Though tempers flared, the GOP rules committee rejected the Ohio Plan which would have completely reworked the timing of presidential primaries and caucuses for the 2012 cycle and beyond. What was left in the wake was anger, finger-pointing at the McCain campaign and accusations of behind-the-scenes meddling. I was always skeptical that the GOP would do anything on this front, but I didn't expect that news to come out in this way. It isn't that I thought the GOP would drag its feet on curbing frontloading, but there was dissension within the party from the point at which the committee passed the plan for a hearing at the upcoming convention back in the spring. And as I said, back when I speculated on how McCain would have fared in this year's contests under the Ohio Plan, successful nominees just don't tinker with a system in which they were successful.
What does this decision mean? It means that if the Democrats win this election, there will be no difference between the 2008 cycle and 2012. Correction: There will probably be even more frontloading as the progression toward a national primary continues. If the Democrats are successful in November, they will not be seriously interested in changing things for 2012. 2016 maybe, but not 2012. Even if McCain wins in November, I suspect the Democrats won't do too much on their part simply because they won't have the cooperation of the GOP. To completely change things will require an effort on the part of both parties to rein in the partisanship that stems from state legislatures and state parties.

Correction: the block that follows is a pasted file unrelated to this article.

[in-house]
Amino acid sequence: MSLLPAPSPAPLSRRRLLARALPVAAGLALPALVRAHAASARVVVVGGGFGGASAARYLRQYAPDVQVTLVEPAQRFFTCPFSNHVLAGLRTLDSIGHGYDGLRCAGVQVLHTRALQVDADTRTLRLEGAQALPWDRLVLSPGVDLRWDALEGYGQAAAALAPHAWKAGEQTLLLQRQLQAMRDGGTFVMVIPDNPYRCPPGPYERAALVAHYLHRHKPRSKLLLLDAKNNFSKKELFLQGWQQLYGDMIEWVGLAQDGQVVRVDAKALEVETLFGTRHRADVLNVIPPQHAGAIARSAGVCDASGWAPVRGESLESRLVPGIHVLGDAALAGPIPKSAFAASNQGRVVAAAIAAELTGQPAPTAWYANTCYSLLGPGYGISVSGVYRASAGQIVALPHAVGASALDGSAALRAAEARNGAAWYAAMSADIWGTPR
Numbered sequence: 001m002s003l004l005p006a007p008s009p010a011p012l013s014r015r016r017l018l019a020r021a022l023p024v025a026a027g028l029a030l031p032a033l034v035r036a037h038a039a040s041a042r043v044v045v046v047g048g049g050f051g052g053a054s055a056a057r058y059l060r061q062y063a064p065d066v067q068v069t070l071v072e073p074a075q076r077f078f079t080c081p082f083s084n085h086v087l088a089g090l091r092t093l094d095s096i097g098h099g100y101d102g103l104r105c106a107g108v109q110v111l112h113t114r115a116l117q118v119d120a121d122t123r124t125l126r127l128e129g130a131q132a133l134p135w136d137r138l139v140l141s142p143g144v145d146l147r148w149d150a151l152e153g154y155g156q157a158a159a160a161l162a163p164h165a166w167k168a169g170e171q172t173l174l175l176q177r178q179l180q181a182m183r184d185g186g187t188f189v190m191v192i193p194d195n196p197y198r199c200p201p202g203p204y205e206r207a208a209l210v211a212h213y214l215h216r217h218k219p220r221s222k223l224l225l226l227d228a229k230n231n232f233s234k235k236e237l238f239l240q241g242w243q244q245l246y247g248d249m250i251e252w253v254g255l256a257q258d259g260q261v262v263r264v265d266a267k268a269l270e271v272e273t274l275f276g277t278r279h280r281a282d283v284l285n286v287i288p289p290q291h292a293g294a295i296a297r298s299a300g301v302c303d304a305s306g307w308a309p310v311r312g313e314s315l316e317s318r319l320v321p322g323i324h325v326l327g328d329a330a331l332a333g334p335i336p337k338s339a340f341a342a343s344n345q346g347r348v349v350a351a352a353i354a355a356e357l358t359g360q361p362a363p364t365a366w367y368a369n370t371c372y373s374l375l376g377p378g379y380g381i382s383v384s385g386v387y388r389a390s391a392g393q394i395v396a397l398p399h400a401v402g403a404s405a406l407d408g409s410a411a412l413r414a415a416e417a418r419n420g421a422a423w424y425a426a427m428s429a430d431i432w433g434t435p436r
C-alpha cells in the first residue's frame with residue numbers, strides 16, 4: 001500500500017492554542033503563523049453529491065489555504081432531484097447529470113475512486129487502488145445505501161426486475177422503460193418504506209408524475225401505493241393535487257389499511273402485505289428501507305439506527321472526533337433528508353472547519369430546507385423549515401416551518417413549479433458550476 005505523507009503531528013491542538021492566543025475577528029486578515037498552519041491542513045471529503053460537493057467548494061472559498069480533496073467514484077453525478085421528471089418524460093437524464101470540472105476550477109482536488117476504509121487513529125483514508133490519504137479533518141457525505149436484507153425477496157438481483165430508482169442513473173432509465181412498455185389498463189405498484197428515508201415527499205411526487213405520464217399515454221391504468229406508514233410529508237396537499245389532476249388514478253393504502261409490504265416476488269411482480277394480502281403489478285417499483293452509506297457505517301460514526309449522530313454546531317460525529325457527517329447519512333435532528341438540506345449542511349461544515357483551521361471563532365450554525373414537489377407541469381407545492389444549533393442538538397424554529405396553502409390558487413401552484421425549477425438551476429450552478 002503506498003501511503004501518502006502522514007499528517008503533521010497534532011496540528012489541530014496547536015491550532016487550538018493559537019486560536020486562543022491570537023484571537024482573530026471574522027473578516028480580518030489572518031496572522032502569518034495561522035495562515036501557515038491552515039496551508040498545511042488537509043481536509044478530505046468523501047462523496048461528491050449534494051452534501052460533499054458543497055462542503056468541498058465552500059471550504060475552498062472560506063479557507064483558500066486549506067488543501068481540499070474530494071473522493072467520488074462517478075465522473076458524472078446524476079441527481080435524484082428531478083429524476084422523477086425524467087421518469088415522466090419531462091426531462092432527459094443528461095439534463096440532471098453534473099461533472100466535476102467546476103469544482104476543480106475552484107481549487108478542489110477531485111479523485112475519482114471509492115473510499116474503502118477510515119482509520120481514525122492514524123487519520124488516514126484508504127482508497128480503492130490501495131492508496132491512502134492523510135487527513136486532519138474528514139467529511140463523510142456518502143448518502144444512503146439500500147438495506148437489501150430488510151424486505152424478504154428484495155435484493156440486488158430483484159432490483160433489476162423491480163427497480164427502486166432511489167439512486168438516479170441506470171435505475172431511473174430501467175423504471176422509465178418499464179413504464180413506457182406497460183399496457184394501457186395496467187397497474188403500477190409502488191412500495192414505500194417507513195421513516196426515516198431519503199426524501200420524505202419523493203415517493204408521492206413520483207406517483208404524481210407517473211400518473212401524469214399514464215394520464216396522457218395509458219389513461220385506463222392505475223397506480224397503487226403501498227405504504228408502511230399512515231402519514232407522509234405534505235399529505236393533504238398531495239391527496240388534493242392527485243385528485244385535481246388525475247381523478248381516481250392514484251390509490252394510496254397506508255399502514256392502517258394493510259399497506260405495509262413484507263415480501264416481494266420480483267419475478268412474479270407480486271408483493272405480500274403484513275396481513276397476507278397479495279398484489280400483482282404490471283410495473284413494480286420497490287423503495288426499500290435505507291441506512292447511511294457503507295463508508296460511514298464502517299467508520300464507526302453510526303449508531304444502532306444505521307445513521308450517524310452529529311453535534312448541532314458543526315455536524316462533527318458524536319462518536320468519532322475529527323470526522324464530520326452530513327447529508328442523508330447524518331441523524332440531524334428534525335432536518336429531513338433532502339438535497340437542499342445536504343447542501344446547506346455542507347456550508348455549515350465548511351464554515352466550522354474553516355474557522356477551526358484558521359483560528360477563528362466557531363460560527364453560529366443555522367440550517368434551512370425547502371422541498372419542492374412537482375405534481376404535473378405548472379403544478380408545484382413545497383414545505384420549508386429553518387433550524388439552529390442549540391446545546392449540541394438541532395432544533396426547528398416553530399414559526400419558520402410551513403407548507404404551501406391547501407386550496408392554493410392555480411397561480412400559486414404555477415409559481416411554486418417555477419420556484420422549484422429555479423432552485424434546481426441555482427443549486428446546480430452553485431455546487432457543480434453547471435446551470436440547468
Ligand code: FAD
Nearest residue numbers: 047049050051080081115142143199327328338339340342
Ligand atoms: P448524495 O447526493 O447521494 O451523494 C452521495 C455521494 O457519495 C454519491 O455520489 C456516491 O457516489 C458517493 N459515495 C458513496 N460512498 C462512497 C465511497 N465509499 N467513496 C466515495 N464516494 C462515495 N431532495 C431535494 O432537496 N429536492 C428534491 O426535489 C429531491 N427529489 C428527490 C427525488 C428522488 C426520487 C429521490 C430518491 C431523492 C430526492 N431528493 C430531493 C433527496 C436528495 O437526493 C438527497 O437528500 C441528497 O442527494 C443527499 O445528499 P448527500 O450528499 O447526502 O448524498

What the GOP did do in Minneapolis was to close the window on frontloading a bit. Like the Democrats, they too have stressed the importance of shifting the earliest possible date on which contests could be held to the first Tuesday in March. So let's go ahead and mark Tuesday March 6, 2012 on our calendars. There will be a lot of contests that day. It won't be just Ohio, Texas, Vermont and Rhode Island in the spotlight that day like in 2008.
But one question remains: What are the sanctions for violation of the potential new timing rules? There are over a dozen states that permanently moved their primary elections through action in their state legislatures. That work will have to be redone. But what is motivating states to do that work? What will they gain by moving back and what will they lose if they don't? The answers to those questions will tell us in quick order whether the calendar of contests is going to be any different in 2012 than it was this past winter and spring. And there still isn't a good answer.
UPDATE: Here are the reactions on the move from New Hampshire and from Ohio.
The Democratic Convention Roll Call
The Electoral College Map (8/27/08)
The Links (8/27/08)